Proposed Redevelopment of the Cook House

(3160 Albert St)

Cook House – photo credit Deirdre Malone

Your Voice Counts!

To have your voice heard on the proposed Cook House development, please complete the City of Regina Proposed Development Comment Form using File # 20202128 . Comments due to the City Administration by September 25th.

LINK: City of Regina: Proposed Development Comment Form

Background and Context

The Planning & Development Services Department of the City Planning & Community Development Division has received an application under the Contract Zone, Street Closure, and Subdivision (consolidation) procedures. This application for the Cook House is a request to amend the Heritage Designation Bylaw (2019-7) is also being reviewed by the City’s Parks, Recreation and Cultural Services Branch.
The applicant proposes to redevelop the property at 3160 Albert Street to accommodate multi-family land uses. The property, also known as the “Cook Residence,” was designated as a Heritage Property on October 29, 2019 (Bylaw No. 2019-7). An amendment to this bylaw is required for the project to proceed. Subsequent alterations, such as repairs, demolitions, or additions to the building may be considered through a Heritage Alteration Permit. Any changes to the property must be consistent with the Heritage Designation Bylaw and the Standards and Guidelines for Conservation of Historic Places in Canada. Key features of the proposed development are as follows:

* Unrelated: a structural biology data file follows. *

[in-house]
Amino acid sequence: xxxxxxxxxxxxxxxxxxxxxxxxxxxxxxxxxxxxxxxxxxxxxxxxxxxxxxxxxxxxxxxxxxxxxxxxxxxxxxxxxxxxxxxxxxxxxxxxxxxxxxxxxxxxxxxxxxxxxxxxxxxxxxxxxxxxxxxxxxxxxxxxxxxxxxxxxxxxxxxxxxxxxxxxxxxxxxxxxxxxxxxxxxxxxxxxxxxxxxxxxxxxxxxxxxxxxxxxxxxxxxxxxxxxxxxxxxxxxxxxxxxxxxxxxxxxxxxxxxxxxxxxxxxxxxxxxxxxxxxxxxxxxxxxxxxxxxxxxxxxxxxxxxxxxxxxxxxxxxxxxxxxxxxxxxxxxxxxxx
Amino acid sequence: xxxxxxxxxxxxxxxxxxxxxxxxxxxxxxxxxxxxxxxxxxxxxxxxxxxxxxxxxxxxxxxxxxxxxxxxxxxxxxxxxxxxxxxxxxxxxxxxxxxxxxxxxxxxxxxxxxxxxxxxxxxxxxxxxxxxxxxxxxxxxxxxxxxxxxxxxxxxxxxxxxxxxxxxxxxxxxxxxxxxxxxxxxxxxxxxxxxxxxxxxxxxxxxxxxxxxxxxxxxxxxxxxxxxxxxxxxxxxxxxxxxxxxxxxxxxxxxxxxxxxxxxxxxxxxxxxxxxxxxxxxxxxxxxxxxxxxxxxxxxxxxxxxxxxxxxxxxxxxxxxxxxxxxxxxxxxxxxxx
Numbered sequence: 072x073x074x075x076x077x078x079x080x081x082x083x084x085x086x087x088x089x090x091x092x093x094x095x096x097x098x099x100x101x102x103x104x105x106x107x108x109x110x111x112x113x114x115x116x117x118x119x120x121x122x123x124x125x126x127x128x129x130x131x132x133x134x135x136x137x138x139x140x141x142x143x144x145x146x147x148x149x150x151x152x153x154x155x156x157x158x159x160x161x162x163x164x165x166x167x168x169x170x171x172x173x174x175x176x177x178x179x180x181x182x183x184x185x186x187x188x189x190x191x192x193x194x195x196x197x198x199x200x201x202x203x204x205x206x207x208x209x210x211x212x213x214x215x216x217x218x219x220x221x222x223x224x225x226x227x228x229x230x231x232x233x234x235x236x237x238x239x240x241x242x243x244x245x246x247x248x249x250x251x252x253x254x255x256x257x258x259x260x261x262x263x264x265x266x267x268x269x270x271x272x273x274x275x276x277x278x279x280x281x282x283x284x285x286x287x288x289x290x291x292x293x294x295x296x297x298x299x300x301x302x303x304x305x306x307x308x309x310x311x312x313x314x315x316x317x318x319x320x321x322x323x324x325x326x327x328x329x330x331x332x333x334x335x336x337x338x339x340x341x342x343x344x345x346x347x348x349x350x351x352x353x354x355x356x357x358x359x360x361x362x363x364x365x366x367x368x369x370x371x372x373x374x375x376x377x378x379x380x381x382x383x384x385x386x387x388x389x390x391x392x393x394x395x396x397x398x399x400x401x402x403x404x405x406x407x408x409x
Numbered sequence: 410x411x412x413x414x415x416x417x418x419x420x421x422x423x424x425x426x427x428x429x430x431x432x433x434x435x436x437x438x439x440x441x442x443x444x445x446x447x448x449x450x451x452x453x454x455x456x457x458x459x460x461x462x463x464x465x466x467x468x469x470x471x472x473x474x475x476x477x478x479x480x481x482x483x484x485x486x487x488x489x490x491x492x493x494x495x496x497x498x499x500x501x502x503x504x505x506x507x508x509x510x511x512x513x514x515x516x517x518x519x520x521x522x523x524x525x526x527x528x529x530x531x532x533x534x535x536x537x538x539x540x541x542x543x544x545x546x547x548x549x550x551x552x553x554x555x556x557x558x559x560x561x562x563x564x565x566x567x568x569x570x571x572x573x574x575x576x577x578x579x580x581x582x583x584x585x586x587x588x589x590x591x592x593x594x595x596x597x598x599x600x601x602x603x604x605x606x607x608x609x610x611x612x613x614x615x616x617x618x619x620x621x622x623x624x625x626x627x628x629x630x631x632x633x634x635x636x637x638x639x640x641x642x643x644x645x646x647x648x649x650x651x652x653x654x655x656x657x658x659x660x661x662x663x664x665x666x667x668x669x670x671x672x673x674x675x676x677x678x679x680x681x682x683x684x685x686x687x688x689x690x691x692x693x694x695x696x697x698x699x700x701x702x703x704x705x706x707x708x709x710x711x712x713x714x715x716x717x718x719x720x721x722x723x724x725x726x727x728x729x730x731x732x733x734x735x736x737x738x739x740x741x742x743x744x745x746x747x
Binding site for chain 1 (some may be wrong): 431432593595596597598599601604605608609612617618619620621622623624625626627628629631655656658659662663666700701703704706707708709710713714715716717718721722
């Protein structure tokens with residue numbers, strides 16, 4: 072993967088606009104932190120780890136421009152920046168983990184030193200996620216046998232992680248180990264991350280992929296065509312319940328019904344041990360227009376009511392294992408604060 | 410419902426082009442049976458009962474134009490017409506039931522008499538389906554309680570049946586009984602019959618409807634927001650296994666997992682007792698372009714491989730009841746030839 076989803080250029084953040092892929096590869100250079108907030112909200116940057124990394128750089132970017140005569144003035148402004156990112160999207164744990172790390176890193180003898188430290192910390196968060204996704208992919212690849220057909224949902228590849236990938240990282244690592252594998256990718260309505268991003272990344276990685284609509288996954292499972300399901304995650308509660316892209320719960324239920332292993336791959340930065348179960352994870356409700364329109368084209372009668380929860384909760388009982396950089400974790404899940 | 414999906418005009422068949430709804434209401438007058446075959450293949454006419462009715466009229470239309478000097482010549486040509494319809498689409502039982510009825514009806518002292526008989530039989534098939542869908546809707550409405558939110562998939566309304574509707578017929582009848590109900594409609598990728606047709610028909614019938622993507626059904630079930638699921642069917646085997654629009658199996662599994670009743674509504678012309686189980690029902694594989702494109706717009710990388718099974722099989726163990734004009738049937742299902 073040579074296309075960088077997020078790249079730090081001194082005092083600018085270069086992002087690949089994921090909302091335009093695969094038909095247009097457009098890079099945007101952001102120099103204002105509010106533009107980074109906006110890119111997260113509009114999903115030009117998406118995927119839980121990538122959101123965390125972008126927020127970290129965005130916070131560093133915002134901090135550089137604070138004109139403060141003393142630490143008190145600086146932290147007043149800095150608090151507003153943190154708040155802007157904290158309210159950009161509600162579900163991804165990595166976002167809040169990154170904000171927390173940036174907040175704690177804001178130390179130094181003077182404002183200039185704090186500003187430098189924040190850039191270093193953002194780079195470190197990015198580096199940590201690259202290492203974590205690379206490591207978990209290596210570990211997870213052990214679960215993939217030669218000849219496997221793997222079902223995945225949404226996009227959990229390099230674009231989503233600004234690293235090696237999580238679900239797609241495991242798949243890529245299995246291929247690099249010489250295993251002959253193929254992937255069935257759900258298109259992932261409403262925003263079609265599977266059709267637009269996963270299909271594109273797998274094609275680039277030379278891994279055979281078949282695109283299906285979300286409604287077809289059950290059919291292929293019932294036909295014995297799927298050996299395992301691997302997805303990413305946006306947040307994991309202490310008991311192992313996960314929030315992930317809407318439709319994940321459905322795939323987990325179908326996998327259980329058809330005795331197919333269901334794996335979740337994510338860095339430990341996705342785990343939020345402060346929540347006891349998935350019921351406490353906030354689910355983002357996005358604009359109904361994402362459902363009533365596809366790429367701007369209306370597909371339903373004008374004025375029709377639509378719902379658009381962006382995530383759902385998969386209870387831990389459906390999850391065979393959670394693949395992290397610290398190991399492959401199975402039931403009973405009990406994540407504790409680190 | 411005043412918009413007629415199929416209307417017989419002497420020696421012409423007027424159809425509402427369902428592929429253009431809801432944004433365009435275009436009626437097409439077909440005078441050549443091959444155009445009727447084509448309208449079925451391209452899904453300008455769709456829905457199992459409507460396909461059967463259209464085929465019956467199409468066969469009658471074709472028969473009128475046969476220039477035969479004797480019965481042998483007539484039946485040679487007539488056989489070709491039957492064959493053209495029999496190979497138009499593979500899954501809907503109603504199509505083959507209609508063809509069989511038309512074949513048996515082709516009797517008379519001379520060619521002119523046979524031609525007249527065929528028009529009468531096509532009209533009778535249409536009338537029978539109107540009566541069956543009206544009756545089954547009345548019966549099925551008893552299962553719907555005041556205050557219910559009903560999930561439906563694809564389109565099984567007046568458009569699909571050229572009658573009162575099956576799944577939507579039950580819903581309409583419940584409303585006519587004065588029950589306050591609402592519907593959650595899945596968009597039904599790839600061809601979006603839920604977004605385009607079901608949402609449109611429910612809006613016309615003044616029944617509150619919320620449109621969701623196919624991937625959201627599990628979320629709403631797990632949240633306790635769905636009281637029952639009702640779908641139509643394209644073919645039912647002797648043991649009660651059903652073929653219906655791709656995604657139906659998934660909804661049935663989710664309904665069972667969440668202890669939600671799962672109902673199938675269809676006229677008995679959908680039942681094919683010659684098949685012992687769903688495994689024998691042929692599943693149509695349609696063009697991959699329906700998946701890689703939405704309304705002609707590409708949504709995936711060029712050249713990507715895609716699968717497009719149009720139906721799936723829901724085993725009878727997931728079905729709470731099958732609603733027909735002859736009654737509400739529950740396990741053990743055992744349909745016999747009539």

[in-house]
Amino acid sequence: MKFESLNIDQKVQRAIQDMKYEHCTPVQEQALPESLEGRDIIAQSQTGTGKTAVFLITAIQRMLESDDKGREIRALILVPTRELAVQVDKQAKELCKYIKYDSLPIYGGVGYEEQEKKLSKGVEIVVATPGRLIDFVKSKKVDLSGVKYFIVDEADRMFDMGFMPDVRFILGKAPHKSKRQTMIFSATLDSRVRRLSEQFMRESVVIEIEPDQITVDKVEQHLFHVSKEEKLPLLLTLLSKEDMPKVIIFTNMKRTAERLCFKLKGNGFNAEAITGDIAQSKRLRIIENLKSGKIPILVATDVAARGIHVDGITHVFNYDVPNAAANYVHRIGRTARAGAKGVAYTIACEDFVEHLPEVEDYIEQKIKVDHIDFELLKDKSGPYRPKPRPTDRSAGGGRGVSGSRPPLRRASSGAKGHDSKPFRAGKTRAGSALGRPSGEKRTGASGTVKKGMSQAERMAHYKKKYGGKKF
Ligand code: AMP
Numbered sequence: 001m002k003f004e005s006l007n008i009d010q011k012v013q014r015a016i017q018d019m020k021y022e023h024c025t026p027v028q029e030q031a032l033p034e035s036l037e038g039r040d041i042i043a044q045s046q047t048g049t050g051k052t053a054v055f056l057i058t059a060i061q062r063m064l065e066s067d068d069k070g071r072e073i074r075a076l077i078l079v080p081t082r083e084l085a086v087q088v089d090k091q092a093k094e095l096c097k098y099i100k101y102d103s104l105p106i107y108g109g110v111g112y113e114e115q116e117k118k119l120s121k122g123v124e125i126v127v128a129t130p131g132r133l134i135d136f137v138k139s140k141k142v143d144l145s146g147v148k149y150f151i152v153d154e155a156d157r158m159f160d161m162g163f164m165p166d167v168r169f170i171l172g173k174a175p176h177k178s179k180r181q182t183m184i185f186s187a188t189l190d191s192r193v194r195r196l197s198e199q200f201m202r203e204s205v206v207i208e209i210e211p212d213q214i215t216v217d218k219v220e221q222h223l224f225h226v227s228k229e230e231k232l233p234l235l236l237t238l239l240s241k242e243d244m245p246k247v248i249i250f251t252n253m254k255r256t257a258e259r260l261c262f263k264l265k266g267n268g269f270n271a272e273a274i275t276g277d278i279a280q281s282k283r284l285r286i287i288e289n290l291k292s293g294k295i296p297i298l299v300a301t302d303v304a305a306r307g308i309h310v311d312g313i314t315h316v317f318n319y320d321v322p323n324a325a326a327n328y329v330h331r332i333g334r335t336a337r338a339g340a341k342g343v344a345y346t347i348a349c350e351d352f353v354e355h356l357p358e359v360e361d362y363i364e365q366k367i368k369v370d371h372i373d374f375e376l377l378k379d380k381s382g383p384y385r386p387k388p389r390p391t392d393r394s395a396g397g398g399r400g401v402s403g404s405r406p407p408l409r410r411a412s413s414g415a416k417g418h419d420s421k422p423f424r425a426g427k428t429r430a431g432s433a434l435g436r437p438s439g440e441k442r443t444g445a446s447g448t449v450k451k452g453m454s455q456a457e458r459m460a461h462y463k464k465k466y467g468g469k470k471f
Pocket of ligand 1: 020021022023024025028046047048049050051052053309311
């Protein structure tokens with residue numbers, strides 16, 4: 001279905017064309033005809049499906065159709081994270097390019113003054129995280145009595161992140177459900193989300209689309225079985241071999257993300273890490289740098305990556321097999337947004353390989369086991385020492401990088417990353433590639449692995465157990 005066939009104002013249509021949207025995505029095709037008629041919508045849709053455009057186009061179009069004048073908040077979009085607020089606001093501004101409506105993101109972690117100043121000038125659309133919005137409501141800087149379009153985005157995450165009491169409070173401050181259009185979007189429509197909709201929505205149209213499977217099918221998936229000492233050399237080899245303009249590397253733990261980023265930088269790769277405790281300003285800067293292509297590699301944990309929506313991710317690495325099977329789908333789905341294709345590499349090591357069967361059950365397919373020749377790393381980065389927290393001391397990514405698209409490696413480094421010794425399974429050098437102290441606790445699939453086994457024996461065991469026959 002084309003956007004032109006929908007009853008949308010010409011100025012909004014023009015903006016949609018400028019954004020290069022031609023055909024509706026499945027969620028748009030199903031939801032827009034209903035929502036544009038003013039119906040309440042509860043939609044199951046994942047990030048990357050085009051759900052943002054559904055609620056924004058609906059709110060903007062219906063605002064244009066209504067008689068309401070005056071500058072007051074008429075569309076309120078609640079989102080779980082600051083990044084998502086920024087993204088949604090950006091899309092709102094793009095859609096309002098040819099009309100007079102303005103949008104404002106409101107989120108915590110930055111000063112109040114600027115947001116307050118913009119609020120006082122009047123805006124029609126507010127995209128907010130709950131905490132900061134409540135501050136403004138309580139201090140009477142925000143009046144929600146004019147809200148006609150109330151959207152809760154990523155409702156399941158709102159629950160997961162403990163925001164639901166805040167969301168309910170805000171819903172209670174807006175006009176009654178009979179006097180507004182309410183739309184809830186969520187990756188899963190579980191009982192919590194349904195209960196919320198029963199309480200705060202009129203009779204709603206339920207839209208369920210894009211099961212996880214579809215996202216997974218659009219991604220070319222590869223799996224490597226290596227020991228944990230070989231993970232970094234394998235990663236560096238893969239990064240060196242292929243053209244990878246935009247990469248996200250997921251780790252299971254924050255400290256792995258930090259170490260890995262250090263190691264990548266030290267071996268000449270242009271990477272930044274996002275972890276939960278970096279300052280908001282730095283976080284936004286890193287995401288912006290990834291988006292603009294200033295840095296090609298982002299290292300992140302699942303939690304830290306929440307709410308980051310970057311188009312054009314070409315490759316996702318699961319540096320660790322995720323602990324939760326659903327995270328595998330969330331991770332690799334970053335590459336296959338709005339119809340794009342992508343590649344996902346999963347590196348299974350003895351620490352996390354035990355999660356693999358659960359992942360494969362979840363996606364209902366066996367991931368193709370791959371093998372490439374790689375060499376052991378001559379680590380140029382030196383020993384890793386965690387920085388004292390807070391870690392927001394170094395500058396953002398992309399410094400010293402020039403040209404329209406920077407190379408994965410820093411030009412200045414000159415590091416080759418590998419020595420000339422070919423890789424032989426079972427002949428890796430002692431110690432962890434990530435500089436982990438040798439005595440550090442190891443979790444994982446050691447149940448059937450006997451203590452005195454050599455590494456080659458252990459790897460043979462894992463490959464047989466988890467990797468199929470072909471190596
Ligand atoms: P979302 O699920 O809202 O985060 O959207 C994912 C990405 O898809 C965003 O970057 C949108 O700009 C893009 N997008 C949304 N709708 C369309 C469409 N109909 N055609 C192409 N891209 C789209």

• Portions of the existing building would be retained, which includes the front of the building facing Albert Street including the front facing gable, and roof structure, chimneys, and all façade elements. This portion of the building would be relocated on the site to allow for construction of the new foundation and underground garage, and then placed on a new foundation to align with the front setback of the property to the north. The remainder of the existing building would be demolished. (The existing roof structure is shown as being shingled on the attached plan number 2.2; the new roof structure for the addition is shown as being striped.)
  • New additions to the building would include development to the rear and the south side of the retained heritage structure. Development behind the heritage front would be two storeys in height and consist of four residential units to be accessed from the original entry. Development to the south of the heritage structure would be three storeys and consist of 12 residential units to be accessed from three separate common entries from grade.
  • Thirty-four (34) parking stalls are proposed to be accommodated on-site. Twenty-four (24) stalls would be accommodated below grade with an access from the rear alley. Ten (10) stalls would be accessed at surface grade directly from the lane.

This application would remove certain references in the Bylaw that conflict with the proposed redevelopment. Most significantly, references to the sunroom as a heritage defining feature would be removed. References to the “concrete foundation” and “glass bottle bottoms” within the Bylaw are also proposed for removal. City Council’s approval is required to amend the Heritage Designation Bylaw.

A copy of the architectural rendering is attached below.